Here’s a question for you… what is the most common period of time that elapses between a payment being due and the contractor sticking up a hand and asking for help? 8 months!!!
That’s right. In the hundreds of payment matters I see a year, the most common thing I see is a contractor finally deciding to chase his money in April for work completed in the previous September. This is absurd and one of the reasons why lack of cash flow and rising insolvencies continues to be major features of the construction industry.
You MUST adopt controlled debt management policies and be onto your debtors within no more than 3 months. It is common to hold off your pursuit when your client says “the money’s coming, just a few more weeks”. Or “I’ll make it up to you on the next job.” This means that you are financing his operations. Here are 6 reasons why you should get on to your clients quickly to recover your money.
The Money Disappears
The money available to pay you only exists so long as there is a contractual chain to generate it. Once the work is done and everyone goes home, the money goes home too. All contractors in the contractual chain are fed by cash from the same source, so you need to be chasing your money while that source is still there, and ideally while that source still needs your work. Eight months later when everyone has packed up and gone to the next job, it will be very hard to chase your money.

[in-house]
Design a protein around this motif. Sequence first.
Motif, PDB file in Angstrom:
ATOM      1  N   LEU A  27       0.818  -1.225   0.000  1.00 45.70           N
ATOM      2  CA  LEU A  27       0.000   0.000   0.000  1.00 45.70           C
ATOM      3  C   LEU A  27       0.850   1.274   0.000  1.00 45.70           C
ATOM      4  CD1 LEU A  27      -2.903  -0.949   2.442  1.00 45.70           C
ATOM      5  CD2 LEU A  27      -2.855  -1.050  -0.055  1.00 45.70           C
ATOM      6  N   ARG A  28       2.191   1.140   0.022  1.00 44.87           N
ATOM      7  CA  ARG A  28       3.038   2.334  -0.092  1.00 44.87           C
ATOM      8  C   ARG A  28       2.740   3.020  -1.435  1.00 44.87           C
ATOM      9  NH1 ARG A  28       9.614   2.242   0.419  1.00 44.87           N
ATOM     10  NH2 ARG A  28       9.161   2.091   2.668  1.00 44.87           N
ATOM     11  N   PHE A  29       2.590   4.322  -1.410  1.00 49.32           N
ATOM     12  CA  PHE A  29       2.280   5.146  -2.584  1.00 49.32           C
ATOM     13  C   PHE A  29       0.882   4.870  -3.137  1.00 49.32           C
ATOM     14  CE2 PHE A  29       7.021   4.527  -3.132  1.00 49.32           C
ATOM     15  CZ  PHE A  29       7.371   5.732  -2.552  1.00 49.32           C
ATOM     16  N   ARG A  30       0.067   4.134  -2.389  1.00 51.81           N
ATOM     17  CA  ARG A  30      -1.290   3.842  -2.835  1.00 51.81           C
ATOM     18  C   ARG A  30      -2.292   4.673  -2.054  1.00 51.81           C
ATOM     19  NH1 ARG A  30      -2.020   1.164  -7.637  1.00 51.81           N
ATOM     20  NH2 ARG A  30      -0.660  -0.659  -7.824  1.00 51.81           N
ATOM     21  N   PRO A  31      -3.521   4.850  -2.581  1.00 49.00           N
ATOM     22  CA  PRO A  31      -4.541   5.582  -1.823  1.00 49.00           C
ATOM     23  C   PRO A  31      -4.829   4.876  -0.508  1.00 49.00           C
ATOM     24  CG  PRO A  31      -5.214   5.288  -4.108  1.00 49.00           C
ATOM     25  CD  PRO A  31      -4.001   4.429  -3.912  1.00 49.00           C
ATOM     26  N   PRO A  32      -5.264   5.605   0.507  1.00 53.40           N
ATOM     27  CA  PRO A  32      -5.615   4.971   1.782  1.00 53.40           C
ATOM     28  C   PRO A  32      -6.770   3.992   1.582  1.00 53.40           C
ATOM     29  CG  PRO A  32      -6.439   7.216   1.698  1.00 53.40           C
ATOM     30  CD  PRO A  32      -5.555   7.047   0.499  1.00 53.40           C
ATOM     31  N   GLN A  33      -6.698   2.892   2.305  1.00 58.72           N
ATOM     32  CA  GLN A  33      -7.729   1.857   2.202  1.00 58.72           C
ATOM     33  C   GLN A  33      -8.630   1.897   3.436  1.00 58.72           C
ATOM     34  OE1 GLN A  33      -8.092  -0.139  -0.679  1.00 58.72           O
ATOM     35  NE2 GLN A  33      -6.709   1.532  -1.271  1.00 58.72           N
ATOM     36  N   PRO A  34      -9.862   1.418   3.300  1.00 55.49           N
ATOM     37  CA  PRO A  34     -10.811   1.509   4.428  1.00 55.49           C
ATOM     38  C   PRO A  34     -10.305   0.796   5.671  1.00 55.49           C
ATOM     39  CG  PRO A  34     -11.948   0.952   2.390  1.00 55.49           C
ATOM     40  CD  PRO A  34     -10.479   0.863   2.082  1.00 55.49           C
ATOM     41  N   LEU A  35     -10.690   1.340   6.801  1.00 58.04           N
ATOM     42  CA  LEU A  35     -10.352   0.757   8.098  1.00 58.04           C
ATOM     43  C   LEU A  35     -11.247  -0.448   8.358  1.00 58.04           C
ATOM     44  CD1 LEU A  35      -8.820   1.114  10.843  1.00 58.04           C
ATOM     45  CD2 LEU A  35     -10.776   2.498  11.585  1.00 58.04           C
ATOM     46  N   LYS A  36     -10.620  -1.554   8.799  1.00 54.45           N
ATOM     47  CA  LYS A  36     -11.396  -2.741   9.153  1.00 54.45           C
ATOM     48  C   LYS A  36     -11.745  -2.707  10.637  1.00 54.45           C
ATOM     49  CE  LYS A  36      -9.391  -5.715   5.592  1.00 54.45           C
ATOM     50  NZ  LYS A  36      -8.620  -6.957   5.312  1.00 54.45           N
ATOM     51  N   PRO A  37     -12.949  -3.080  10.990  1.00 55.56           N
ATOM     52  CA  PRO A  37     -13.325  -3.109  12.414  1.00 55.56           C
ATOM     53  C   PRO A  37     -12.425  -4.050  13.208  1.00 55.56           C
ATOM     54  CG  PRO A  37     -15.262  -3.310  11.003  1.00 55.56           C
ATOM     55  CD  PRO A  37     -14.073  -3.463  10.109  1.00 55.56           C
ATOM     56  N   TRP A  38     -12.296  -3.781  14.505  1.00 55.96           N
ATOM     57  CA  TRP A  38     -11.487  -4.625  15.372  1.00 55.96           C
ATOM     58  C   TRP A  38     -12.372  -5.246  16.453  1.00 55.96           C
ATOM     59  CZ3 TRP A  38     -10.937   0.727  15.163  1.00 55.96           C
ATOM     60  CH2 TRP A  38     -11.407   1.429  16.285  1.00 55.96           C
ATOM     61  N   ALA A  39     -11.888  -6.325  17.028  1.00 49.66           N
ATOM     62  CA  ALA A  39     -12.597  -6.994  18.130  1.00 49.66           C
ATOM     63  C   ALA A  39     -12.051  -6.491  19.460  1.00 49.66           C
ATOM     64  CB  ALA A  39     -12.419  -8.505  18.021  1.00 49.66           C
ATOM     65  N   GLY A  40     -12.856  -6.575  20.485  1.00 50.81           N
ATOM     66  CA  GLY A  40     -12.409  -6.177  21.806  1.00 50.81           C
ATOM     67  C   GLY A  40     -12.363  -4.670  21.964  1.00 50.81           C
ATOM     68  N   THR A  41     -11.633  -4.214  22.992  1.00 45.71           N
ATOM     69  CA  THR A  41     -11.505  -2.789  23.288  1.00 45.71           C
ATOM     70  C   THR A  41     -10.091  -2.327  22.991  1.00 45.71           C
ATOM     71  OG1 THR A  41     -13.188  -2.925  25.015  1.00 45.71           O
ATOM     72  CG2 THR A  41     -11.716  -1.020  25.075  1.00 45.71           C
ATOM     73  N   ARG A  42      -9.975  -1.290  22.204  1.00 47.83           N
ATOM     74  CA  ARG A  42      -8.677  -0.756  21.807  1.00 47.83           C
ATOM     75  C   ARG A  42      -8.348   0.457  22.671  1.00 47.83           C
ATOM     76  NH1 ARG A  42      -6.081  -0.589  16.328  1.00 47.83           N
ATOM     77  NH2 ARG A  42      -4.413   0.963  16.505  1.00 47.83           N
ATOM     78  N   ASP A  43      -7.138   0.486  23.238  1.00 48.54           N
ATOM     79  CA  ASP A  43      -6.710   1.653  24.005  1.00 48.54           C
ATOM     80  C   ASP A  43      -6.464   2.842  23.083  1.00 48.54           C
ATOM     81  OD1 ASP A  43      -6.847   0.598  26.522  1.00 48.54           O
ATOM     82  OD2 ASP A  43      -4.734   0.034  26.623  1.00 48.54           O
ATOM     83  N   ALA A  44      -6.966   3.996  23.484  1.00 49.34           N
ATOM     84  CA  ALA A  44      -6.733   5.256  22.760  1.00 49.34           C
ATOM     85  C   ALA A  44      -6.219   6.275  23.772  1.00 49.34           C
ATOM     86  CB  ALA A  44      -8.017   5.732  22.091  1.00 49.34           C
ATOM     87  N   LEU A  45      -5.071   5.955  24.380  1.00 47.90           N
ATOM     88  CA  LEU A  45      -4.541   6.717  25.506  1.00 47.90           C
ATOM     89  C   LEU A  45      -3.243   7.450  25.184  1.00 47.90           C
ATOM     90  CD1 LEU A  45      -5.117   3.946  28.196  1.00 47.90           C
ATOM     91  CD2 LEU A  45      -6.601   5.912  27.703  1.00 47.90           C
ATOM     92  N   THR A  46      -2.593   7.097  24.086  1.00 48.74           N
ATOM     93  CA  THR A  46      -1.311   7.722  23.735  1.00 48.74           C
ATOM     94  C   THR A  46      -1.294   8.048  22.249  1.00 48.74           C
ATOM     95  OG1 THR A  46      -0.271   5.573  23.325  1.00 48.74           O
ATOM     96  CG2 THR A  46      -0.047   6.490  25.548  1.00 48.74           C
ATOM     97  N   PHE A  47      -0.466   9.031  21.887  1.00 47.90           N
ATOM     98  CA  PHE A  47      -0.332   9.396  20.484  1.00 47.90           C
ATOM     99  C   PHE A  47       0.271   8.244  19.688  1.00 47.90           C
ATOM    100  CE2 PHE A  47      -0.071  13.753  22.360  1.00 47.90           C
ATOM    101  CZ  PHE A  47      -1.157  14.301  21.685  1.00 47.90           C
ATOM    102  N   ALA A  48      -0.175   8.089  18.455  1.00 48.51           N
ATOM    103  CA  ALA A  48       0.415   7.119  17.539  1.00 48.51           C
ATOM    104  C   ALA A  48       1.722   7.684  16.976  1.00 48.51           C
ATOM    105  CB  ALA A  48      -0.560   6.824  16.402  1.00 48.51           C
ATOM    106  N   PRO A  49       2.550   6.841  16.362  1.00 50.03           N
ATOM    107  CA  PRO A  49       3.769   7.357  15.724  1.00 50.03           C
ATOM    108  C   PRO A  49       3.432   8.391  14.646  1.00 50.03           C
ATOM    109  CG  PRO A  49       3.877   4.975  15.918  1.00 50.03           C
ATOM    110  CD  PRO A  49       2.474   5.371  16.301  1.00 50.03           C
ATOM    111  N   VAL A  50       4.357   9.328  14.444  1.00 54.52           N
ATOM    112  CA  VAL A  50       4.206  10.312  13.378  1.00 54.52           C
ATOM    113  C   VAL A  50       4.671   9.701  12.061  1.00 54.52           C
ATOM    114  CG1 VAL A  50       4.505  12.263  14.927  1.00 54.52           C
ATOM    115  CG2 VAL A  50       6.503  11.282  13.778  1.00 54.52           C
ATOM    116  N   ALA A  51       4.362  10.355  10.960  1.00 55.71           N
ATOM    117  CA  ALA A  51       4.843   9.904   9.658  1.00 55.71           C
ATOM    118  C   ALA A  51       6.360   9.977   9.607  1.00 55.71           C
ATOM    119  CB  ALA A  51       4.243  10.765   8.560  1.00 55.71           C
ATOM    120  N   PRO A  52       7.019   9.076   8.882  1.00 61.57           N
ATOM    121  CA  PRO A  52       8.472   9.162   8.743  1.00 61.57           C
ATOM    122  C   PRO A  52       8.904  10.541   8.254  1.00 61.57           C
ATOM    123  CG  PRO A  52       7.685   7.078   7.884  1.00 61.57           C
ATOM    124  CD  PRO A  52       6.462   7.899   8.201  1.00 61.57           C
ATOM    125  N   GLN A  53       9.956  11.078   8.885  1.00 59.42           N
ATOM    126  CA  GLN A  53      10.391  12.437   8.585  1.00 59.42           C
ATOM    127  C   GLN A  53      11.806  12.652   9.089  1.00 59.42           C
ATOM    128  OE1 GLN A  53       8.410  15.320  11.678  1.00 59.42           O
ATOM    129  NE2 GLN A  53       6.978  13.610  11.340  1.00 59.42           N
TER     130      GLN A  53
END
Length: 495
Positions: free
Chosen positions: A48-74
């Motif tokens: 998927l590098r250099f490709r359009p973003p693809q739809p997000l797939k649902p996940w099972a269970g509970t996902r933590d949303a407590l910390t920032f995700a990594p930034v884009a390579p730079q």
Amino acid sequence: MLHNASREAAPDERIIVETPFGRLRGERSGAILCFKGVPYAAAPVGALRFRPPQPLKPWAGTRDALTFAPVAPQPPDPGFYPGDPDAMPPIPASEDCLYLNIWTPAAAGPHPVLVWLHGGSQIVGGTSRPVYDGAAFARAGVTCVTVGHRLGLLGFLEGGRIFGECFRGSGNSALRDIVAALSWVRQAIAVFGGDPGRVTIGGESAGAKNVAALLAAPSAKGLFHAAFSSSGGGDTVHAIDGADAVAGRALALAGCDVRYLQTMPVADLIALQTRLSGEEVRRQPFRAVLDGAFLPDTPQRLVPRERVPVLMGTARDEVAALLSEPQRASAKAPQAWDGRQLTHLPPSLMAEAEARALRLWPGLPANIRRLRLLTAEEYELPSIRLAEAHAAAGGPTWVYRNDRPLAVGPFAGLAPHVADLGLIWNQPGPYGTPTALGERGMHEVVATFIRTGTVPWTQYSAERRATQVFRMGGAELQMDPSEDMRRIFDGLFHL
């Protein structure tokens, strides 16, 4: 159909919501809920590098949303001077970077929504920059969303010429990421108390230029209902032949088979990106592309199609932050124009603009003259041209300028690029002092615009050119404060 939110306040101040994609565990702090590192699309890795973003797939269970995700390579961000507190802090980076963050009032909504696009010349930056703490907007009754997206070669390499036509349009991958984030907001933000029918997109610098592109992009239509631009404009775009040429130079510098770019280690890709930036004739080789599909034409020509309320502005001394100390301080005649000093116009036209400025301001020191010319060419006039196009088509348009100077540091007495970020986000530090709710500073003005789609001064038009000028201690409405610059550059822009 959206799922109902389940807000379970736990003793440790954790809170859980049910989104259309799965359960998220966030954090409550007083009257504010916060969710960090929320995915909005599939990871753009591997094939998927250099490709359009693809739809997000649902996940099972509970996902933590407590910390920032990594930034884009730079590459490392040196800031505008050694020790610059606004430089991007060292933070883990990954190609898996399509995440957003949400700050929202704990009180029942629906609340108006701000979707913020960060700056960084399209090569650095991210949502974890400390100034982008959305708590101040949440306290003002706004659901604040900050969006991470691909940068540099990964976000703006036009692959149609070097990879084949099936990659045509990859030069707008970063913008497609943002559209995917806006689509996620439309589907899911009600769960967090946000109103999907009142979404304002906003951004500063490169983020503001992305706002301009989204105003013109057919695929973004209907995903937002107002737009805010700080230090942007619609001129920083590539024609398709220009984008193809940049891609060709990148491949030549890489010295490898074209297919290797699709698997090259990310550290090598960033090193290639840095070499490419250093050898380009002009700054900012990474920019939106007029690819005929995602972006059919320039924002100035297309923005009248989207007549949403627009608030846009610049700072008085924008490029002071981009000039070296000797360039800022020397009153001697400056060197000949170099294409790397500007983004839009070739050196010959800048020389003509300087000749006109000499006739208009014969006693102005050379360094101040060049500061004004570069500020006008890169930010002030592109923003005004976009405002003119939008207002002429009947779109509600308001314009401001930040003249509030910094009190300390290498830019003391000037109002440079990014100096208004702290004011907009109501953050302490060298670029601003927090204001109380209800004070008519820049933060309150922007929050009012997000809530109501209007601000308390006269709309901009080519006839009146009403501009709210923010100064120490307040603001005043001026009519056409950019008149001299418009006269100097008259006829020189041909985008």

The Value of your work Diminishes
The more time that passes after you have delivered your work, the less it is worth. Do not think for a minute that your debtor is looking at your work and thinking how wonderful it is and how deserving you are of your money. This is a delusion that too many contractors suffer from. Your client is actually thinking ‘Look at all this work I’ve got for free!’
And the more time that passes the less your work will be worth, until in a year’s time you’ll be happy to get half the value if you’re lucky. So it is key to understand that the passage of time acts to reduce the value of your work and the amount you will be likely to recover if you chase it. So chase early!
Following form the previous point, should you actually engage your client debtor and demand your money, you